“Fratelli Tutti carries forward a number of significant aspects of the thought of the Church: the ecclesiology of the Second Vatican Council; the conviction in Francis’ encyclical letter Laudato Si that everything is connected; and a third of a century of interreligious dialogue,” says Elie.
But there are a number of contemporary challenges in implementing Pope Francis’ call for a culture of encounter, according to the panel.
“The challenge for Fratelli Tutti is the challenge of recognizing that we are brothers and sisters that exist in every age,” explains Elie. “So much works against it: our human nature, our institutions, our cultural and political divisions, the span of geography, and so on.”
Dialogue in Action
Katherine Marshall, a senior fellow at the Berkley Center and executive director of the World Faiths Development Dialogue, spoke on a panel that focused on the Document on Human Fraternity as a practical model for interreligious encounter. The 2019 document was signed by Pope Francis and Grand Imam of Al-Azhar Ahmed Al-Tayyeb, representing a major advance in Muslim-Christian understanding.
“Dialogue offers paths to the understanding and human connection that are so essential to breaking down prejudices and gaps in communication,” says Marshall.
Marshall also underscored the Berkley Center’s emphasis on linking interfaith dialogue to practical action on global challenges:
Our long-standing work to highlight multireligious action—linking it to global agendas such as the Sustainable Development Goals, hunger, and health—jibes well with a pragmatic appreciation for the urgent need to build on dialogue in the period ahead.
The Culture of Encounter and the Global Agenda
The conference marked the launch of a new project on the Culture of Encounter and the Global Agenda, an international collaboration between the Berkley Center and Vatican partners made possible by generous support from the GHR Foundation.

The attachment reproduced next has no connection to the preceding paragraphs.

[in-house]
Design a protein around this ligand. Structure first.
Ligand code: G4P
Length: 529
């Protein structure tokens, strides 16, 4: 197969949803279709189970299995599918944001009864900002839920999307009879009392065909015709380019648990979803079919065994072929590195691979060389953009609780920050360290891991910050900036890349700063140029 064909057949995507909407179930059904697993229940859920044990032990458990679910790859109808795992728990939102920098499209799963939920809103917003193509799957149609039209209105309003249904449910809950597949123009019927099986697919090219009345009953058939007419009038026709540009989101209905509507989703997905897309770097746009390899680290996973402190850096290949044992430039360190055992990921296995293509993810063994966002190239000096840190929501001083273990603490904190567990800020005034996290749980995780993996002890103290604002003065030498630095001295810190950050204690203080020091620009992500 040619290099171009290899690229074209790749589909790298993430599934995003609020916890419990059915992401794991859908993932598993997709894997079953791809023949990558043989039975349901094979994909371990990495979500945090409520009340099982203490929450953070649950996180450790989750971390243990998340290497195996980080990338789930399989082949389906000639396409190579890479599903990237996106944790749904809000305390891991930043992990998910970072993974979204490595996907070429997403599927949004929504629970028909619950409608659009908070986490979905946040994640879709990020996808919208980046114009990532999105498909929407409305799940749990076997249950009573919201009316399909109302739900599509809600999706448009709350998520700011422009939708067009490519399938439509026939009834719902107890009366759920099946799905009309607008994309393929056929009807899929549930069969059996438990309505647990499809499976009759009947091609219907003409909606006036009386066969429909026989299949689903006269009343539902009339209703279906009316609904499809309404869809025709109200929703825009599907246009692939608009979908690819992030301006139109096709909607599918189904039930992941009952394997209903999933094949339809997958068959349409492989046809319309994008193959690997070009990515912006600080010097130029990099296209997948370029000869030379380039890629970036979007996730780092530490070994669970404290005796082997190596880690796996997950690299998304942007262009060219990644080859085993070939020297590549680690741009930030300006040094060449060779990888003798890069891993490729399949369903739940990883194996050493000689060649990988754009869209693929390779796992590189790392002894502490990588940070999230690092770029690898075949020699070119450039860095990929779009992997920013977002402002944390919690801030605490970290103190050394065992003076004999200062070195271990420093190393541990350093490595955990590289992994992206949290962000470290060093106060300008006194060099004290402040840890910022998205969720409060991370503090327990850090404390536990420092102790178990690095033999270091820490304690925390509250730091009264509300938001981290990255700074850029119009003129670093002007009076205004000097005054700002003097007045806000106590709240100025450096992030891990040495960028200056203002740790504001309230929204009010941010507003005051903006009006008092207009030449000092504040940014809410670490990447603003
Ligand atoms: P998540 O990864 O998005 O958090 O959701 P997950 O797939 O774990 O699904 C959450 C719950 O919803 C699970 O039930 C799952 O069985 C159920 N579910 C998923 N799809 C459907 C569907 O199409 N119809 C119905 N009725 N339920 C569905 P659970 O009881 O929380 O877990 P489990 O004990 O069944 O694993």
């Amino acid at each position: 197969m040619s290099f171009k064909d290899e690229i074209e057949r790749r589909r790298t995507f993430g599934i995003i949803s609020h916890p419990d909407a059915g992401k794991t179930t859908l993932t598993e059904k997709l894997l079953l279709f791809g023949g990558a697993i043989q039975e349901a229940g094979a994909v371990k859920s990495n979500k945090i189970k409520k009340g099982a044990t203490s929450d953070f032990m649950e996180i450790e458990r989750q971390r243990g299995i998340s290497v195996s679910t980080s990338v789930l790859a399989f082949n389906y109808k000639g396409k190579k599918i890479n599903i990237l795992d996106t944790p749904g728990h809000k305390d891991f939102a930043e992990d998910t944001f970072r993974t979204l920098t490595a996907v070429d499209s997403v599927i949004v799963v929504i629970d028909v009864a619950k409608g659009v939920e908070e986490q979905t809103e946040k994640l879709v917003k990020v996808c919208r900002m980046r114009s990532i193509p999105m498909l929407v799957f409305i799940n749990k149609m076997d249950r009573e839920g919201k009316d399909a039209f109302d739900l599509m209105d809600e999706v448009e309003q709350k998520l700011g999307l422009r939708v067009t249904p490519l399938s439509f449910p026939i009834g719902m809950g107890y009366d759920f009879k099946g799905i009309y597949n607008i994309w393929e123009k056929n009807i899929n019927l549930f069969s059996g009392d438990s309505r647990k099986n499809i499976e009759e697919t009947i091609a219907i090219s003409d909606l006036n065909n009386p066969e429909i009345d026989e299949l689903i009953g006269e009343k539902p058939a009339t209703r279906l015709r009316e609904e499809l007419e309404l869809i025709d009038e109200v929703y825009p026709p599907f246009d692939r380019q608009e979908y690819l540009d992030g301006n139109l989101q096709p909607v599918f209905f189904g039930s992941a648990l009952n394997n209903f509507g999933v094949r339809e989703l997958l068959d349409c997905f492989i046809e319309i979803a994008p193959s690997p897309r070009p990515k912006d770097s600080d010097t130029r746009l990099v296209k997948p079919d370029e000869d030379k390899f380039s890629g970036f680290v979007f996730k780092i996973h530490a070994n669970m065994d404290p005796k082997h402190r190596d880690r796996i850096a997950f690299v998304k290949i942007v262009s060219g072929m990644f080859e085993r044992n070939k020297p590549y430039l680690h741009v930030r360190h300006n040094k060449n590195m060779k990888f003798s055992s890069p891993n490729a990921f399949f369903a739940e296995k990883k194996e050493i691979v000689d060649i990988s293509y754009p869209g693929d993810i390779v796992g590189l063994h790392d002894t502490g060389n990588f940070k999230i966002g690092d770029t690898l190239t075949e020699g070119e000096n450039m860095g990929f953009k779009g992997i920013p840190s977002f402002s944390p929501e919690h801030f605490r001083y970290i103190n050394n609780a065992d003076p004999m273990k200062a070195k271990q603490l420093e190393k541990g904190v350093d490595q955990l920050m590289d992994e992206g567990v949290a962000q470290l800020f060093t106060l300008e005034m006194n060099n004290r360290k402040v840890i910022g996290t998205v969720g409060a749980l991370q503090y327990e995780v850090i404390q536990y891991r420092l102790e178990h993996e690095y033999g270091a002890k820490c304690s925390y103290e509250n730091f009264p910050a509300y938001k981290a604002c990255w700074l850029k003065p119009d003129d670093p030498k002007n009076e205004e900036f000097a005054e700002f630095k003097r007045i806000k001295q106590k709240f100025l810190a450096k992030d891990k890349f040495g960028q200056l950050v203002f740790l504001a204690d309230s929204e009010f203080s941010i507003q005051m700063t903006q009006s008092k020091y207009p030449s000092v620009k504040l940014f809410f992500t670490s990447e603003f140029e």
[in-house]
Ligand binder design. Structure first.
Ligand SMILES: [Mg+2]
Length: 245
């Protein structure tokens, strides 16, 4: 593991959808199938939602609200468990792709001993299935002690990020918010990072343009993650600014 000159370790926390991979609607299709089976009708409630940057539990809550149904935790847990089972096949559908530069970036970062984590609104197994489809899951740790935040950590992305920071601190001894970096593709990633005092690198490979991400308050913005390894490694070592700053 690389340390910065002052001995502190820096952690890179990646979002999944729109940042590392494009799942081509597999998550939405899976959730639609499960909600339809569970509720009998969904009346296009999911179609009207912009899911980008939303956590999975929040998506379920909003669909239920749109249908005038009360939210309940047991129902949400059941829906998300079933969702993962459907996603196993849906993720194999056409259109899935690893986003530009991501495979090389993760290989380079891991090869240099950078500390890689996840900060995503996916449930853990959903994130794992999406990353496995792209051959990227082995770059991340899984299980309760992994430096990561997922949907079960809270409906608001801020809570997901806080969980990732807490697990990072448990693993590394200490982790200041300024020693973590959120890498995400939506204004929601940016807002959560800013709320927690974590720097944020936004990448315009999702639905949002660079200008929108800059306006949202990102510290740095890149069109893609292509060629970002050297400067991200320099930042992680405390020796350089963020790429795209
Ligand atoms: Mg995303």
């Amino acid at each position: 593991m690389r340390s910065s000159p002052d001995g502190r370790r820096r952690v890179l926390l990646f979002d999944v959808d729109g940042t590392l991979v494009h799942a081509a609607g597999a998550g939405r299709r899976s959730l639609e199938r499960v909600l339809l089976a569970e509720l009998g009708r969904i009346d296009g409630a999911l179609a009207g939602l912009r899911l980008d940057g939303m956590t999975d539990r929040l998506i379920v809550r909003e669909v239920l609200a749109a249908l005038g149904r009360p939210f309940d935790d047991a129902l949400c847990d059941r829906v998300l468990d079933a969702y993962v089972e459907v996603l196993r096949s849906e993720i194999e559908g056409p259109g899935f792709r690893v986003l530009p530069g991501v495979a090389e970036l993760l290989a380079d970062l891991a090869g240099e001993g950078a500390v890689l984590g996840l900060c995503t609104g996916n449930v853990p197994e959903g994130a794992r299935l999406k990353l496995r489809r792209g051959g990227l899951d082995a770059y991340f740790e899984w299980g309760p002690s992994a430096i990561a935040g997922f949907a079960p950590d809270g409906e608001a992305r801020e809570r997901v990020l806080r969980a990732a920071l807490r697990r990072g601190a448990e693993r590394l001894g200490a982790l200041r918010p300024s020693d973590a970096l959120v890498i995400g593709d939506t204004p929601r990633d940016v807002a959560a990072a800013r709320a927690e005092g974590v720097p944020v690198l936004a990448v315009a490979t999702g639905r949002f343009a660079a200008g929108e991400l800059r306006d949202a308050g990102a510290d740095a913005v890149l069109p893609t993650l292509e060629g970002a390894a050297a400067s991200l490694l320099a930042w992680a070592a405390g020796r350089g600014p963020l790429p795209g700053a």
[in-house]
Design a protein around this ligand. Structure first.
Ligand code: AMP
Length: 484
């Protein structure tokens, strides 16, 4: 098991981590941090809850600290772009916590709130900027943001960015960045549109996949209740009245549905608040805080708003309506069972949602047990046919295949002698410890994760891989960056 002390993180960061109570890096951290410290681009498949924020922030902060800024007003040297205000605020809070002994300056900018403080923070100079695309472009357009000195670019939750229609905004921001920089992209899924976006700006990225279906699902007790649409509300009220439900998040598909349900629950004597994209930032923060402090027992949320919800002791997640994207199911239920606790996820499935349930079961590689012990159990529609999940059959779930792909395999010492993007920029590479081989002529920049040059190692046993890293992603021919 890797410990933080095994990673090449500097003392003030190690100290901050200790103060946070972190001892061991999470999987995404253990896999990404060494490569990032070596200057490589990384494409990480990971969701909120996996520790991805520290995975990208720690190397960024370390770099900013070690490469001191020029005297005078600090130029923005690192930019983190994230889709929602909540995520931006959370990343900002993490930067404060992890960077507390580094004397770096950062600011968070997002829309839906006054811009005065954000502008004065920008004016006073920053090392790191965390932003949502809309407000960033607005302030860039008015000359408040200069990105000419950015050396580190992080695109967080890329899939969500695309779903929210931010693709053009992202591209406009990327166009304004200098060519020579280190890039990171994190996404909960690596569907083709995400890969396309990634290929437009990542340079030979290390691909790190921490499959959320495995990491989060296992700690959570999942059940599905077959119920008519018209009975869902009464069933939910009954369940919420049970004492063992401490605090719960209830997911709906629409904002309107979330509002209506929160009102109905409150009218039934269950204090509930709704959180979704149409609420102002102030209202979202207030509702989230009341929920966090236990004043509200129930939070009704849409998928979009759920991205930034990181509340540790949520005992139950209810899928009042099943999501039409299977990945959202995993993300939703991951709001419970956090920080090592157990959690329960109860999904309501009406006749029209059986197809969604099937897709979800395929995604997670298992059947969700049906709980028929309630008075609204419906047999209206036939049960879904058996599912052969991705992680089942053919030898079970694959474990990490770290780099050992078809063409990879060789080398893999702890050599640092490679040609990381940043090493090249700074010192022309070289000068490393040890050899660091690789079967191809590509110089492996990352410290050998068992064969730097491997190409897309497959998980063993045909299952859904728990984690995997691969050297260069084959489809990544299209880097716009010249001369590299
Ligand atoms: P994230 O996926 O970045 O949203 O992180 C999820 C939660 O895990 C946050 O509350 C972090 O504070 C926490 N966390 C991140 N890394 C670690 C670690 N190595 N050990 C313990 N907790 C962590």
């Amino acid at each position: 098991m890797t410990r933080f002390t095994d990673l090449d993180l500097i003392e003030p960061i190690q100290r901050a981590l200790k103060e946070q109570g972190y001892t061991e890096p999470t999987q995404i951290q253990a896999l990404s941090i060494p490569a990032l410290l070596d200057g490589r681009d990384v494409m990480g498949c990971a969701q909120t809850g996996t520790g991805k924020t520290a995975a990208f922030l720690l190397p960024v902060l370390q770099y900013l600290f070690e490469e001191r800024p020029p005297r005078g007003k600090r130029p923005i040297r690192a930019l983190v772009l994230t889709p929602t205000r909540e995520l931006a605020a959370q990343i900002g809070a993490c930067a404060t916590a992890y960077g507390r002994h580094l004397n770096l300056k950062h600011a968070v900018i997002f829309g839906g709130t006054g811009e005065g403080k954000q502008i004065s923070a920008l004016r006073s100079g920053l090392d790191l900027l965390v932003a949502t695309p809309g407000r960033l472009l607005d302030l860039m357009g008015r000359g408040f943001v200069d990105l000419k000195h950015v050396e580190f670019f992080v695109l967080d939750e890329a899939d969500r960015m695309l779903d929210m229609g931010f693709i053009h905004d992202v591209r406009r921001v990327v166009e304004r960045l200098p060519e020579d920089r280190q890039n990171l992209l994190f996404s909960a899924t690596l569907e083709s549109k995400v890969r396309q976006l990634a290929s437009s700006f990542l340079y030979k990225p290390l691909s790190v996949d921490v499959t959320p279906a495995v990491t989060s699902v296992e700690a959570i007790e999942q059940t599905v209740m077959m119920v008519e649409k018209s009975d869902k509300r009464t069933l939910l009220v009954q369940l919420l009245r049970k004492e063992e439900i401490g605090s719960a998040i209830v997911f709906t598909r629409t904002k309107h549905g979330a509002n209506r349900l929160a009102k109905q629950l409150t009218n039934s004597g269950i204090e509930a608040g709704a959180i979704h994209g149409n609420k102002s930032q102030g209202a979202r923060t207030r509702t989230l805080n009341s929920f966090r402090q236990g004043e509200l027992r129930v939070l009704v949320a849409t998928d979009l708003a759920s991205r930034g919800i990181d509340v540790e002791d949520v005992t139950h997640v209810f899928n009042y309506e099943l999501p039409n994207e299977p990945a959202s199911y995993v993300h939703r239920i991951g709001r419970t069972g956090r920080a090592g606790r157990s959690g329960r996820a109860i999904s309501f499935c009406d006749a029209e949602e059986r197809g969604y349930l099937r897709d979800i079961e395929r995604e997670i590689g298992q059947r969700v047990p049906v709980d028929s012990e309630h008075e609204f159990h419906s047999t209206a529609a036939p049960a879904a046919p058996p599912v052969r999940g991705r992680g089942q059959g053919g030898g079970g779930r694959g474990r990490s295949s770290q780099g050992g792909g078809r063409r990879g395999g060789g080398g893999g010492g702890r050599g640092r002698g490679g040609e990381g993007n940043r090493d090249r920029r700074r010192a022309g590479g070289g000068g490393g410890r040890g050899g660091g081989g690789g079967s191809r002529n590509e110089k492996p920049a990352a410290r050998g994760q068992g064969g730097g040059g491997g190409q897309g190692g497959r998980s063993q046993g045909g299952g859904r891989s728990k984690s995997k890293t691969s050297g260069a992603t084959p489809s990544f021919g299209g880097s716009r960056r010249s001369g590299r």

Berkley Center Senior Fellow José Casanova hosted a closing panel on the future of dialogue with leading representatives from three partners: the Dicastery for Promoting Integral Human Development, the Pontifical Council for Culture, and the Pontifical Council for Interreligious Dialogue.
“To create sustainable, inclusive societies we need to bridge cultural, religious, political, and ideological divides in new ways,” says Casanova. “Our new project will bring together scholars and practitioners to develop the idea of a culture of encounter and explore its theoretical and practical implications for the global agenda.”
Georgetown in Rome
The conference and new project will be coordinated through Georgetown’s representative office in Rome, which is housed in Villa Malta, the home of the journal La Civiltà Cattolica. In his opening remarks to the conference, Rev. Antonio Spadaro, S.J., the journal’s editor-in-chief, emphasized the importance of the papal letter:
Pope Francis’ words invite us to ‘make history’ and to ‘help many to become adepts and artisans of a culture that fosters mutual understanding.’ This is a wonderful challenge. And this is also why we are here today.